Mt. A takes back the night

WGST and community come together to relight a candle in the darkness

When the women and gender studies (WGST) executive members were brainstorming what events they wanted to have for their society, they knew that they wanted something that would have a strong impact on both the University community and the town itself. When the event Take Back The Night was brought up, they knew that it would fit the bill.

Take Back The Night (TBTN) is a worldwide volunteer organization promoting awareness against sexual abuse and violence.

Even though Mt. A is a small university and Sackville is a small town, sexual abuse happens here. It is important to take action against sexual violence, and TBTN provides a platform from which to do this.

Tasia Alexopoulos, former WGST professor, spoke at the event. “Sackville and Mount Allison aren’t unique: all towns, all universities, all institutions ignore and diminish violence,” she said. “This can’t just be about being safe on the streets, tonight. This is about social justice. Until there is justice for all, until we’re all safe, then there won’t be peace for anyone.”

WGST executive member Cara MacKenzie said, “It’s also important to note that while we had no issues with direct counter-protest, that does not mean we are not constantly coming up against people and policy that stand in opposition to the safety we demand. We marched past abusers. That’s a fact that we must acknowledge. We were together then but people on this campus are forced to see their abusers constantly and frequently without the protection of a group. It’s unacceptable.”

“This isn’t about being equally violent,” said Alexopoulos. “It’s about creating pressure, resistance, being disruptive and intervening. Oppressing people shouldn’t be easy. Exploiting people shouldn’t be easy. Hurting people shouldn’t be easy. Tonight and every day, let’s make it harder.”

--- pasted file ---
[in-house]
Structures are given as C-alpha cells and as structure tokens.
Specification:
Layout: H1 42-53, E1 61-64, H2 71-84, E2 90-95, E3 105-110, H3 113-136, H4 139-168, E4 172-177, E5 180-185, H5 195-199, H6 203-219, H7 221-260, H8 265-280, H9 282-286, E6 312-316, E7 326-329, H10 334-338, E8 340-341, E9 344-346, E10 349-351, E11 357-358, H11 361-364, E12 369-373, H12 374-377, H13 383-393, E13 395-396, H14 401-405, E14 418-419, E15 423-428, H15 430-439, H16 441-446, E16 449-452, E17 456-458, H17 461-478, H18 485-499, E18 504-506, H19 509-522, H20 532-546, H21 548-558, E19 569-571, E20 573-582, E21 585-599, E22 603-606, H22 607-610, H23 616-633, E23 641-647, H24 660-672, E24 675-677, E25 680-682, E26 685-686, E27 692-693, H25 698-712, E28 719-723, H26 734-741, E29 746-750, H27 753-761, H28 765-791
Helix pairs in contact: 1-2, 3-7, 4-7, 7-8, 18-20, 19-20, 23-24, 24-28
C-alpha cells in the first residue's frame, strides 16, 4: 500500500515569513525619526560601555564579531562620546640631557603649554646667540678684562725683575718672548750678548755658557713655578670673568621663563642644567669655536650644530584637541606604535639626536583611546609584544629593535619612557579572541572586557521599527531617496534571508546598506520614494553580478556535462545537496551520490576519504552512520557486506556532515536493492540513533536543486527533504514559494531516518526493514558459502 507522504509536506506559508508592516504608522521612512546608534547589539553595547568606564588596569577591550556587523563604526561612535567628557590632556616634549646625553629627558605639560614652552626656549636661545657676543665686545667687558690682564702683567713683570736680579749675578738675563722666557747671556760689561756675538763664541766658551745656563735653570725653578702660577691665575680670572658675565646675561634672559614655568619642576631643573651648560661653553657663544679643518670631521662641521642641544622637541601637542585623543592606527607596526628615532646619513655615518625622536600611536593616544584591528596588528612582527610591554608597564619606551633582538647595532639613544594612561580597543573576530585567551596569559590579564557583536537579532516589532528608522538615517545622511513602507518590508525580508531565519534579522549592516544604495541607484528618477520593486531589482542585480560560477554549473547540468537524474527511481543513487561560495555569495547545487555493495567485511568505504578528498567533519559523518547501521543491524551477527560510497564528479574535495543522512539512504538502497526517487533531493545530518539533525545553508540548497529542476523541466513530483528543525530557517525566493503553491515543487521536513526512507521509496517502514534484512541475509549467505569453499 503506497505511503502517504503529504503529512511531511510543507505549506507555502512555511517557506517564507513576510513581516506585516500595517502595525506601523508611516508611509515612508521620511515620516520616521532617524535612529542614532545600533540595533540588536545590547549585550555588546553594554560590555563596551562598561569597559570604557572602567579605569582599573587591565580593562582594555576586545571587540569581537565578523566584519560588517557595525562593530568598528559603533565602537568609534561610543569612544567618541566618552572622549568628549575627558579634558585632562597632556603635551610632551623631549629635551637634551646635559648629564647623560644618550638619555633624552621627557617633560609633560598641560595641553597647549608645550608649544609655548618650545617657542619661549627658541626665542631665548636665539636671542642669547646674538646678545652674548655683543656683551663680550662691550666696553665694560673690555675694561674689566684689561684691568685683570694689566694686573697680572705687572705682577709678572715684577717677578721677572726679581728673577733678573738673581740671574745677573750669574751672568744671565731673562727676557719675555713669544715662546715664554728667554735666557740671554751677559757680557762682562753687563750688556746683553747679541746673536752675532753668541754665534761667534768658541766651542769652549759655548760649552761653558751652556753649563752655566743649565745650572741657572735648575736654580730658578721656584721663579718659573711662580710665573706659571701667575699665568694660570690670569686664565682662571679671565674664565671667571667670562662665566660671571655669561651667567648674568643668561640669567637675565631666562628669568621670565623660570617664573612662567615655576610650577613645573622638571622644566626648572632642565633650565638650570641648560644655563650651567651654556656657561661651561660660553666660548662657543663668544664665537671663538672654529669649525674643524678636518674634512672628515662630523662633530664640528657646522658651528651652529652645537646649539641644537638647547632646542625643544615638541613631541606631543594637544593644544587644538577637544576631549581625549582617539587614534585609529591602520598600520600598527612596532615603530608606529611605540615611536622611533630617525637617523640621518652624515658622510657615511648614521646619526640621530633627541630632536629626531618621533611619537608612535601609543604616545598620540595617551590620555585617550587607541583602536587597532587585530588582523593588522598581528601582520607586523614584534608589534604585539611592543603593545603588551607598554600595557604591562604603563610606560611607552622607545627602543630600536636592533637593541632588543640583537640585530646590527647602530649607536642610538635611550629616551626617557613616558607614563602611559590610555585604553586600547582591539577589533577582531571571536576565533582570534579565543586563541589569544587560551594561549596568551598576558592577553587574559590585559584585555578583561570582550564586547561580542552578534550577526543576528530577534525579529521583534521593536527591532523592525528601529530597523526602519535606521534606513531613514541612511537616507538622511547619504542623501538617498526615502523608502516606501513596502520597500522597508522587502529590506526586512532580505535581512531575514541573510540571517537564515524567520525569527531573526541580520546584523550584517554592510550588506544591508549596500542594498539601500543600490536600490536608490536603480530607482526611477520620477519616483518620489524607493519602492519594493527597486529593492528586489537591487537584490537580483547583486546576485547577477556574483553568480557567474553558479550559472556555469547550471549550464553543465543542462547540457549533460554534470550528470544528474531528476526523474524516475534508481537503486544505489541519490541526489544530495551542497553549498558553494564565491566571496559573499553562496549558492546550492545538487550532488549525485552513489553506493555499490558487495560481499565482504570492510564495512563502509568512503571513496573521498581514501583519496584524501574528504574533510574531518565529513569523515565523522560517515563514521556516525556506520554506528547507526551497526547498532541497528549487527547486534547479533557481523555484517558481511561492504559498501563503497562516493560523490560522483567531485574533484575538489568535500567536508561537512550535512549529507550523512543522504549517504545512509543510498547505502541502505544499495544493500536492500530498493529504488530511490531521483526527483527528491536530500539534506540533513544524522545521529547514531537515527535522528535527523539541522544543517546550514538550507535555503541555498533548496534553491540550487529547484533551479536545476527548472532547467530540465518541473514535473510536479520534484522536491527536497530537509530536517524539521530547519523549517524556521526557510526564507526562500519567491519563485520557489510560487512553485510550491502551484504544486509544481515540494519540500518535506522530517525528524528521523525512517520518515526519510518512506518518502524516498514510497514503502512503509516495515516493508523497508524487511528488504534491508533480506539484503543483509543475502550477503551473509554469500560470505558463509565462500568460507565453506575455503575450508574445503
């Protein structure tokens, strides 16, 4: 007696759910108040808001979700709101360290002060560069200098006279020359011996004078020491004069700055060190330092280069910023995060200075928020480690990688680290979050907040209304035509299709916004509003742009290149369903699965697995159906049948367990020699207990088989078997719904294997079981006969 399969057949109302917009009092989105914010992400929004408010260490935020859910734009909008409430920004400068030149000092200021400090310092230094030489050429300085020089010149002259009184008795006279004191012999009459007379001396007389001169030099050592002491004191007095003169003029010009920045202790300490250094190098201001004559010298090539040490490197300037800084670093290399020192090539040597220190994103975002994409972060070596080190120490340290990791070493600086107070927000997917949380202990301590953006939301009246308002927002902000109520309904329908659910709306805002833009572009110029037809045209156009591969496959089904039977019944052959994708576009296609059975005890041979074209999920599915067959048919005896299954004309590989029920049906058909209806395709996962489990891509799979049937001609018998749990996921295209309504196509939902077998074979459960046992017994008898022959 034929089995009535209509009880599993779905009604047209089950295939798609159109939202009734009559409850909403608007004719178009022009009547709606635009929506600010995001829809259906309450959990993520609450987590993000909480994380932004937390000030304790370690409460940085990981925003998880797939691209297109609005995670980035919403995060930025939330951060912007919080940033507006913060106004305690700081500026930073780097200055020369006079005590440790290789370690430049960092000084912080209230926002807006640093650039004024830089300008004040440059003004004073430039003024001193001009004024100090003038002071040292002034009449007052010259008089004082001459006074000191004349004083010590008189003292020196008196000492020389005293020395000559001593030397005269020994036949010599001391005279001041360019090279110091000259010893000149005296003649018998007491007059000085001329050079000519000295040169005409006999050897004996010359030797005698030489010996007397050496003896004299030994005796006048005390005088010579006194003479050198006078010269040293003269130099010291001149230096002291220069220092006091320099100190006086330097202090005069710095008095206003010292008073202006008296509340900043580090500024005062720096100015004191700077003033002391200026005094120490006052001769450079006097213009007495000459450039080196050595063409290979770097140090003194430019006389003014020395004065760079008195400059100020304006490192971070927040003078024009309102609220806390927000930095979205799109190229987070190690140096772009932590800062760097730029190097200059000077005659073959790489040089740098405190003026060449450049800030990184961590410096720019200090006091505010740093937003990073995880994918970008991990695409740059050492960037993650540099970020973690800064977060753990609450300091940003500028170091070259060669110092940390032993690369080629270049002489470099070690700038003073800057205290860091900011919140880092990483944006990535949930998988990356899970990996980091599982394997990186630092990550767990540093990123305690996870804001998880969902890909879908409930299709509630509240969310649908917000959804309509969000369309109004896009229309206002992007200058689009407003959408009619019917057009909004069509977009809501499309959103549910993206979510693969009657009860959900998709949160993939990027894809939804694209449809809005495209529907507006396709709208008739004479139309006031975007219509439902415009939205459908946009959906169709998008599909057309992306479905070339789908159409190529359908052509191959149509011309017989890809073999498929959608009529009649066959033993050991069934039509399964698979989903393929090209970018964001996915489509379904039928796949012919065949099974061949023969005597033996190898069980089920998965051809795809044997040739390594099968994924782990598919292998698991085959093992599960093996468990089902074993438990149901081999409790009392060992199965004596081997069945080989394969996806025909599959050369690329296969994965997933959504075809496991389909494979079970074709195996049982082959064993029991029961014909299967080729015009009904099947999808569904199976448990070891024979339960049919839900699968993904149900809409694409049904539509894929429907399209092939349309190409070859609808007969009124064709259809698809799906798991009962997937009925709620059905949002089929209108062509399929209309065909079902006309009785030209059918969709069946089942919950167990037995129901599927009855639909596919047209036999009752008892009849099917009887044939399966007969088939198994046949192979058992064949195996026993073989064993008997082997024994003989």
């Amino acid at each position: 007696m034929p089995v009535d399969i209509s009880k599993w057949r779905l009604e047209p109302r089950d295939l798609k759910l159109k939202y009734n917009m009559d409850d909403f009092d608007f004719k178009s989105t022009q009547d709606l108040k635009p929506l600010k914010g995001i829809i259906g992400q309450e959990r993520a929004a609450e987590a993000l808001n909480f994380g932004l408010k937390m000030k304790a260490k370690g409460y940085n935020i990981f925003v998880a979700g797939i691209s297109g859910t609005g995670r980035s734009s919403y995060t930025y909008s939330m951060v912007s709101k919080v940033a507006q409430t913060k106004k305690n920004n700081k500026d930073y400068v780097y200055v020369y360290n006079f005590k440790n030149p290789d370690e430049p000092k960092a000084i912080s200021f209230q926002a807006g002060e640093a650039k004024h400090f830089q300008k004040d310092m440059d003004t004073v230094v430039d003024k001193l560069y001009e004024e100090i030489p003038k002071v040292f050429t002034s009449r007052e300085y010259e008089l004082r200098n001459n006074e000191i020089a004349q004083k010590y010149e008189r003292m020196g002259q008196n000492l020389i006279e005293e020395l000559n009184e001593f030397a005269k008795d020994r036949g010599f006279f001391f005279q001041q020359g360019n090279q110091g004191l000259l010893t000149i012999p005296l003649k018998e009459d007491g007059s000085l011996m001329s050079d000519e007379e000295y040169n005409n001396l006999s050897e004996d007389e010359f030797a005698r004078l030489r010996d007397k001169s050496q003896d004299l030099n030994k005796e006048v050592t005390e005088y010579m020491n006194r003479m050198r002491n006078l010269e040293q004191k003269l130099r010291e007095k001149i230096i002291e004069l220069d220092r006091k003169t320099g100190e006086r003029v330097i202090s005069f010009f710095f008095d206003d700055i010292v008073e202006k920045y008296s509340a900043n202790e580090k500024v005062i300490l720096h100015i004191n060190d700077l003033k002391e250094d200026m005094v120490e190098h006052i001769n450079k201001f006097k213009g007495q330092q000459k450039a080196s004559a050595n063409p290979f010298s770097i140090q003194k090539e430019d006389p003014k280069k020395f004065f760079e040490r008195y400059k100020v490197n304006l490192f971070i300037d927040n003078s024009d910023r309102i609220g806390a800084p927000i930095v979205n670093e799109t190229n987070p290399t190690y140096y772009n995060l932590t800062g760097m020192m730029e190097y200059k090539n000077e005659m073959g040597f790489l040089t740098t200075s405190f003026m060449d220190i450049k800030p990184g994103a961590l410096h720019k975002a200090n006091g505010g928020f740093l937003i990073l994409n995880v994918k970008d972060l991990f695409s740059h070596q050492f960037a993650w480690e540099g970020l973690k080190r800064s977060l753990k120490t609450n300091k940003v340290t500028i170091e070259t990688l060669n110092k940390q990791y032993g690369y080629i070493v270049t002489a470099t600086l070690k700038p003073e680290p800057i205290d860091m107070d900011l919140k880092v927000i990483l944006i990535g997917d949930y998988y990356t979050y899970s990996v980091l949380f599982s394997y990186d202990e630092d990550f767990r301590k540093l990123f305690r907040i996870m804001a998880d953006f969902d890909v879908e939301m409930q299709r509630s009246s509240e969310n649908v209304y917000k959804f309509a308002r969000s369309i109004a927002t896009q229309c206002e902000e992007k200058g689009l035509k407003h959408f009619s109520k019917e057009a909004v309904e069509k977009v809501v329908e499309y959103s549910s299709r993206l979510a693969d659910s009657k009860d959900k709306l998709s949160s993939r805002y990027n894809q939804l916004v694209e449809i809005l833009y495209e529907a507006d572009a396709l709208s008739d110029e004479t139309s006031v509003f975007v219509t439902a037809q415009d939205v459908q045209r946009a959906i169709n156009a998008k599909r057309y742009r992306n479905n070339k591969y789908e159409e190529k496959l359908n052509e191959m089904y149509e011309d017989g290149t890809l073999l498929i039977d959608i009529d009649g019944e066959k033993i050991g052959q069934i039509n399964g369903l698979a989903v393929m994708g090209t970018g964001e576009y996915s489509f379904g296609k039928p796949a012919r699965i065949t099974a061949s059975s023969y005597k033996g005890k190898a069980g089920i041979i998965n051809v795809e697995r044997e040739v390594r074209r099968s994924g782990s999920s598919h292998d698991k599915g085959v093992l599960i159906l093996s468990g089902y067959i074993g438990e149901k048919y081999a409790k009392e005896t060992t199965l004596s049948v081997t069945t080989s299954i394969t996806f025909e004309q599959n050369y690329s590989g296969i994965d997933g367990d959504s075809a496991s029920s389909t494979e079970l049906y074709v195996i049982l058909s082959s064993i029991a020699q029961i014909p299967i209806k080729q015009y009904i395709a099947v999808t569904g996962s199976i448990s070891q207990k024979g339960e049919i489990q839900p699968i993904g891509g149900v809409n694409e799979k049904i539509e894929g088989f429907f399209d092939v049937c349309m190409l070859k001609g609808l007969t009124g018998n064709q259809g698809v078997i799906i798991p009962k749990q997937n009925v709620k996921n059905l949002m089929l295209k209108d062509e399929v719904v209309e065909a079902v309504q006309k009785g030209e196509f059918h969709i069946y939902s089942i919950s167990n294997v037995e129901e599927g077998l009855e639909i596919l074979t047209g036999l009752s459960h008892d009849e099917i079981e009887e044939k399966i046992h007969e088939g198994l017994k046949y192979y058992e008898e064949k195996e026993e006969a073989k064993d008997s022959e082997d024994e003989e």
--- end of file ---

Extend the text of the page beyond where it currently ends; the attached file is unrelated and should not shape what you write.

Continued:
Kana Tagawa, another WGST student attending the event said, “Many people try to ignore the issue of sexual violence happening here in Sackville. It is important that we raise our voices so that this issue can be taken seriously … and solutions can be brought to victims of sexual violence.”

On the night of the rally, a group of students and faculty gathered at the Student Centre to listen to speeches and light candles before heading out on the walk. Participants learned chants and cheers as they began their march. Despite the night’s rain, participants did not falter in their peaceful protest.

Amber Quinn, one of the organizers of the event, said, “I think that people often assume the numbers of sexual violence are lower in smaller communities. It’s important for people to acknowledge that this is an ongoing problem everywhere and that the size of the community doesn’t determine the number of violences that take place.”

The event raised awareness of sexual violence and the need for change in Sackville and the Mt. A community in order to create a safer space for all, reminding us all that even the light of the smallest candle will brighten the darkness.

Katarina Baasner